Brian May, guitarist for rock band Queen, completes Ph.D. thesis following 30-year hiatus

July 31st, 2008 in Astronomy & Space / Space Exploration

Brian May, the guitarist and founding member of the legendary rock band Queen, earned his PhD in astronomy last year from Imperial College London. His PhD thesis A Survey of Radial Velocities in the Zodiacal Dust Cloud has just been co-published by Springer and Canopus Publishing Ltd.

May's thesis examines the Zodiacal Light, the misty diffuse cone of light seen in the West after sunset and the East before sunrise. Though anyone can see the Zodiacal Light from a suitably dark location, it is poorly understood, and has been the subject of relatively little research. May began his research of the Zodiacal Light in 1970 and completed his research and thesis in 2007, following a 30-year hiatus to play guitar in the well-known rock band Queen.

While some readers may expect a rock-and-roll guitarist to write a popular astronomy book, A Survey of Radial Velocities in the Zodiacal Dust Cloud is a rigorous, academic examination of the Zodiacal Light. May's thesis documents the building of a pressure-scanned Fabry-Perot Spectrometer, equipped with a photomultiplier and pulse-counting electronics, and its deployment at the Observatorio del Teide at IzaƱa in Tenerife, at an altitude of 7,700 feet (2,567 m), to record high-resolution spectra of the Zodiacal Light. More than 250 scans of morning and evening Zodiacal Light were recorded, in two observing periods in 1971 and 1972.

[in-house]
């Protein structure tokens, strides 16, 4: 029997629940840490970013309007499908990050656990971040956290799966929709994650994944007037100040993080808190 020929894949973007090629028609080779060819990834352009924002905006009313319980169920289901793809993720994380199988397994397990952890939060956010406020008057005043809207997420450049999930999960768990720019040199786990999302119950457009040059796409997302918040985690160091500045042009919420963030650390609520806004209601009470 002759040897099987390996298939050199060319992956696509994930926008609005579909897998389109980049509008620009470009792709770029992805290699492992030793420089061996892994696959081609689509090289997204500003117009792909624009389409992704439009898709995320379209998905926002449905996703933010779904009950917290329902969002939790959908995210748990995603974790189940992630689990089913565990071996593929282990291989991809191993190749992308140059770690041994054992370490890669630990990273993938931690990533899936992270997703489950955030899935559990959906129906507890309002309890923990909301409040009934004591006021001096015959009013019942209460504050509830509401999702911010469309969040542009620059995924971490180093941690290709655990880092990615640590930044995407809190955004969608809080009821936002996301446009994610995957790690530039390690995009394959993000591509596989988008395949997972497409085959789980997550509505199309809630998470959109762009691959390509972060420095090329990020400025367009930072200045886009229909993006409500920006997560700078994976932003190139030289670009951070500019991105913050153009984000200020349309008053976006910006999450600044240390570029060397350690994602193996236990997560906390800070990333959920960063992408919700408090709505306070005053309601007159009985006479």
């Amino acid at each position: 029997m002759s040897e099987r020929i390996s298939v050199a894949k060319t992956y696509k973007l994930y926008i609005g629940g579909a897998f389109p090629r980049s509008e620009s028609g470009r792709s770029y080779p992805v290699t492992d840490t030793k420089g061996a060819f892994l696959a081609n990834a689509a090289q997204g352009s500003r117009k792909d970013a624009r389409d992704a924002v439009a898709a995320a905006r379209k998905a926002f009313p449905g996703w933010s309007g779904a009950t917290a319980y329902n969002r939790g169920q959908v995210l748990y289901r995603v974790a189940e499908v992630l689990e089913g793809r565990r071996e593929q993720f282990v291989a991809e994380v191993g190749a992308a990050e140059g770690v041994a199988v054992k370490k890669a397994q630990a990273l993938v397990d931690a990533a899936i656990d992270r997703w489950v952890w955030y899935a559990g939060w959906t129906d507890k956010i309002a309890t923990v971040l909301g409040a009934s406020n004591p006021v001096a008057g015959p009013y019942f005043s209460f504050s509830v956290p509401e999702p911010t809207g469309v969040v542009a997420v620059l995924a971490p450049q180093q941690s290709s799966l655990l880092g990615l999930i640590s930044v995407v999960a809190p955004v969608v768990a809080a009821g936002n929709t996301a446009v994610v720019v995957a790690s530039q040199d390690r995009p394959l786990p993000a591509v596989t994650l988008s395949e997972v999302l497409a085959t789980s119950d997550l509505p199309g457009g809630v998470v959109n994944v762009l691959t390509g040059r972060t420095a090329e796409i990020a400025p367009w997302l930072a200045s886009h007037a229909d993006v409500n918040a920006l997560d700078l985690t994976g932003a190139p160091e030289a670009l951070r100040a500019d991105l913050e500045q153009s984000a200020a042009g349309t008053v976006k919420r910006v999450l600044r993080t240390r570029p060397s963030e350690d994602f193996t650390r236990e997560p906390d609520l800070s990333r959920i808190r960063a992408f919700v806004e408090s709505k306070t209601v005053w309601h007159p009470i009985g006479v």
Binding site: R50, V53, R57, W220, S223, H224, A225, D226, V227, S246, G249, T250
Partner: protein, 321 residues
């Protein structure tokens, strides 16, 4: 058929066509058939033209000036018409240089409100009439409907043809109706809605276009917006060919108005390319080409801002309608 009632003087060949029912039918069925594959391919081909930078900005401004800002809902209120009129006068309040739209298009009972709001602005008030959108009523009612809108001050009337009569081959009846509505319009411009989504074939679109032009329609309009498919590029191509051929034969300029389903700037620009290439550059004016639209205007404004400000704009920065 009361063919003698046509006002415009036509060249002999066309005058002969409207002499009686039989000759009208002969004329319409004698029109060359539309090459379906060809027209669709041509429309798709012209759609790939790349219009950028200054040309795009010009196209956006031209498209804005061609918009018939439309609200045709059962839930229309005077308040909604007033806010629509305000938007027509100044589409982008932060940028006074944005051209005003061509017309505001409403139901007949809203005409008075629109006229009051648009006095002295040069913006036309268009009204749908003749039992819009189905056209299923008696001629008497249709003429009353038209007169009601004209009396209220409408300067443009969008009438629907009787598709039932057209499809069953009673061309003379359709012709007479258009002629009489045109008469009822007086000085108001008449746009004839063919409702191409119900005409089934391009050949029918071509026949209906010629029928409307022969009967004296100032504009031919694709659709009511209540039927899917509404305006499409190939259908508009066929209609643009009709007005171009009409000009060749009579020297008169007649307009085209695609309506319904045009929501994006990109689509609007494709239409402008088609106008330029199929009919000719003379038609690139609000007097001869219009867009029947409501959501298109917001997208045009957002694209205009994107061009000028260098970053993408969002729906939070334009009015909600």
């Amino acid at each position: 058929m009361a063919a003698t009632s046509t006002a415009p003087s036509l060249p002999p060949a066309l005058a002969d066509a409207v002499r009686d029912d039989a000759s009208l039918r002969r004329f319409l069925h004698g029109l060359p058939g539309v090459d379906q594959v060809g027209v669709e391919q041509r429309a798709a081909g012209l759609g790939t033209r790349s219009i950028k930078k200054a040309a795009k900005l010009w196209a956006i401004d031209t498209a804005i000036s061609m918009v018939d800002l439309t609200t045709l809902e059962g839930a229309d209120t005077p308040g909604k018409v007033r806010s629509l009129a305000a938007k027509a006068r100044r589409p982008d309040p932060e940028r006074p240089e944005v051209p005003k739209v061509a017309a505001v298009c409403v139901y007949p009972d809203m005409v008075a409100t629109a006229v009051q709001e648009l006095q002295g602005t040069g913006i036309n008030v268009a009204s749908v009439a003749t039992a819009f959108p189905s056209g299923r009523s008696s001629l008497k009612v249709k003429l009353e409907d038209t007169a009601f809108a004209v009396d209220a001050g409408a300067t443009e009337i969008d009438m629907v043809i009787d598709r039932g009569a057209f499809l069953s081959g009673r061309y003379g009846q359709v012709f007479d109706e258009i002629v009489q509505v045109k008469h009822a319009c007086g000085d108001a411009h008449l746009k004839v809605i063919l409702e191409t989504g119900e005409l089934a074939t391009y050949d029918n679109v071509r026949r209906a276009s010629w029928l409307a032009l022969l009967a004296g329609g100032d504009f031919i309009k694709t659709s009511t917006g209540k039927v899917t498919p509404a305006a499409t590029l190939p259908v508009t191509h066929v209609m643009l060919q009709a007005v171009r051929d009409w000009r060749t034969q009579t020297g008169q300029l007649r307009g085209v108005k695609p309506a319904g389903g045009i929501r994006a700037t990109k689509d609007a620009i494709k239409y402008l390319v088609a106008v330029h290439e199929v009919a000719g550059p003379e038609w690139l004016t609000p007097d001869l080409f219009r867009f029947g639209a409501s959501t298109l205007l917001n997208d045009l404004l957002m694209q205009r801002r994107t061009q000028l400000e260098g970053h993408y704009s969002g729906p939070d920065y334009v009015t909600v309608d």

"I have thoroughly enjoyed my years playing guitar and recording music with Queen, but it's extremely gratifying to see the publication of my thesis, A Survey of Radial Velocities in the Zodiacal Dust Cloud," May said. "I've been fascinated with astronomy for years, and I was happy to finally complete my PhD last year and record my studies of the Zodiacal Light in this book."

Source: Springer

"Brian May, guitarist for rock band Queen, completes Ph.D. thesis following 30-year hiatus." July 31st, 2008. http://phys.org/news136736258.html